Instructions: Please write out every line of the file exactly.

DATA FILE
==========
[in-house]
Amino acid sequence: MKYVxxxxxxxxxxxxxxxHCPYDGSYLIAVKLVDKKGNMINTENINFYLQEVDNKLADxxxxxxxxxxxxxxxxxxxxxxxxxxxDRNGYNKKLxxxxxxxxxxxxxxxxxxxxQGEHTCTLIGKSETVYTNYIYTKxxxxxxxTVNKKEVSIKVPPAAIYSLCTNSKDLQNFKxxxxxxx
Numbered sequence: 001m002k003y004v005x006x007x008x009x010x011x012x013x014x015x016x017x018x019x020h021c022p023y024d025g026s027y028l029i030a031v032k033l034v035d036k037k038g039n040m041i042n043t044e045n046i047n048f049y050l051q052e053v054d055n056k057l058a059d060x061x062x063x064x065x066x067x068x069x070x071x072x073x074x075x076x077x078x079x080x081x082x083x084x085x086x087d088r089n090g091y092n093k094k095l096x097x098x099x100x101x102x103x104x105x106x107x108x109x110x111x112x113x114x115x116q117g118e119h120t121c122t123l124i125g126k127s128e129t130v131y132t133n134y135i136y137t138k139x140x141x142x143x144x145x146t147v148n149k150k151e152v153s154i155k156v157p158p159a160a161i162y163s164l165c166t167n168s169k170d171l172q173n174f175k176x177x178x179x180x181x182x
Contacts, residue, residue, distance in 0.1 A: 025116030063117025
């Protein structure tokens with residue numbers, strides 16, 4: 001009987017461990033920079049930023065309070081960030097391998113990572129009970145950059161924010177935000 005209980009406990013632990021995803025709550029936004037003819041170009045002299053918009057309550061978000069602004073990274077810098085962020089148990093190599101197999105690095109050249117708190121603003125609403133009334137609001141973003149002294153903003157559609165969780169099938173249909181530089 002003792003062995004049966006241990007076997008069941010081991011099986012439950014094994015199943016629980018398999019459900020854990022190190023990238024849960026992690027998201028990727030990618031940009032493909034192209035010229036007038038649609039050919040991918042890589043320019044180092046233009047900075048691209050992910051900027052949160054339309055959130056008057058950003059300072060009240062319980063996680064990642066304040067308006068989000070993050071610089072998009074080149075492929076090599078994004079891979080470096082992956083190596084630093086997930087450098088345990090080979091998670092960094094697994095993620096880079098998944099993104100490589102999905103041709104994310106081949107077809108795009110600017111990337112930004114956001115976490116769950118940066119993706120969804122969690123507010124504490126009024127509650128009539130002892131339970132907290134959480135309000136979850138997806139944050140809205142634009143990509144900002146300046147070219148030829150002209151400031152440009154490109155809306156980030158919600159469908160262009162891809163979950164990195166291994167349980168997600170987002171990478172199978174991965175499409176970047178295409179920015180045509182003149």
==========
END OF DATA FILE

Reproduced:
[in-house]
Amino acid sequence: MKYVxxxxxxxxxxxxxxxHCPYDGSYLIAVKLVDKKGNMINTENINFYLQEVDNKLADxxxxxxxxxxxxxxxxxxxxxxxxxxxDRNGYNKKLxxxxxxxxxxxxxxxxxxxxQGEHTCTLIGKSETVYTNYIYTKxxxxxxxTVNKKEVSIKVPPAAIYSLCTNSKDLQNFKxxxxxxx
Numbered sequence: 001m002k003y004v005x006x007x008x009x010x011x012x013x014x015x016x017x018x019x020h021c022p023y024d025g026s027y028l029i030a031v032k033l034v035d036k037k038g039n040m041i042n043t044e045n046i047n048f049y050l051q052e053v054d055n056k057l058a059d060x061x062x063x064x065x066x067x068x069x070x071x072x073x074x075x076x077x078x079x080x081x082x083x084x085x086x087d088r089n090g091y092n093k094k095l096x097x098x099x100x101x102x103x104x105x106x107x108x109x110x111x112x113x114x115x116q117g118e119h120t121c122t123l124i125g126k127s128e129t130v131y132t133n134y135i136y137t138k139x140x141x142x143x144x145x146t147v148n149k150k151e152v153s154i155k156v157p158p159a160a161i162y163s164l165c166t167n168s169k170d171l172q173n174f175k176x177x178x179x180x181x182x
Contacts, residue, residue, distance in 0.1 A: 025116030063117025
């Protein structure tokens with residue numbers, strides 16, 4: 001009987017461990033920079049930023065309070081960030097391998113990572129009970145950059161924010177935000 005209980009406990013632990021995803025709550029936004037003819041170009045002299053918009057309550061978000069602004073990274077810098085962020089148990093190599101197999105690095109050249117708190121603003125609403133009334137609001141973003149002294153903003157559609165969780169099938173249909181530089 002003792003062995004049966006241990007076997008069941010081991011099986012439950014094994015199943016629980018398999019459900020854990022190190023990238024849960026992690027998201028990727030990618031940009032493909034192209035010229036007038038649609039050919040991918042890589043320019044180092046233009047900075048691209050992910051900027052949160054339309055959130056008057058950003059300072060009240062319980063996680064990642066304040067308006068989000070993050071610089072998009074080149075492929076090599078994004079891979080470096082992956083190596084630093086997930087450098088345990090080979091998670092960094094697994095993620096880079098998944099993104100490589102999905103041709104994310106081949107077809108795009110600017111990337112930004114956001115976490116769950118940066119993706120969804122969690123507010124504490126009024127509650128009539130002892131339970132907290134959480135309000136979850138997806139944050140809205142634009143990509144900002146300046147070219148030829150002209151400031152440009154490109155809306156980030158919600159469908160262009162891809163979950164990195166291994167349980168997600170987002171990478172199978174991965175499409176970047178295409179920015180045509182003149």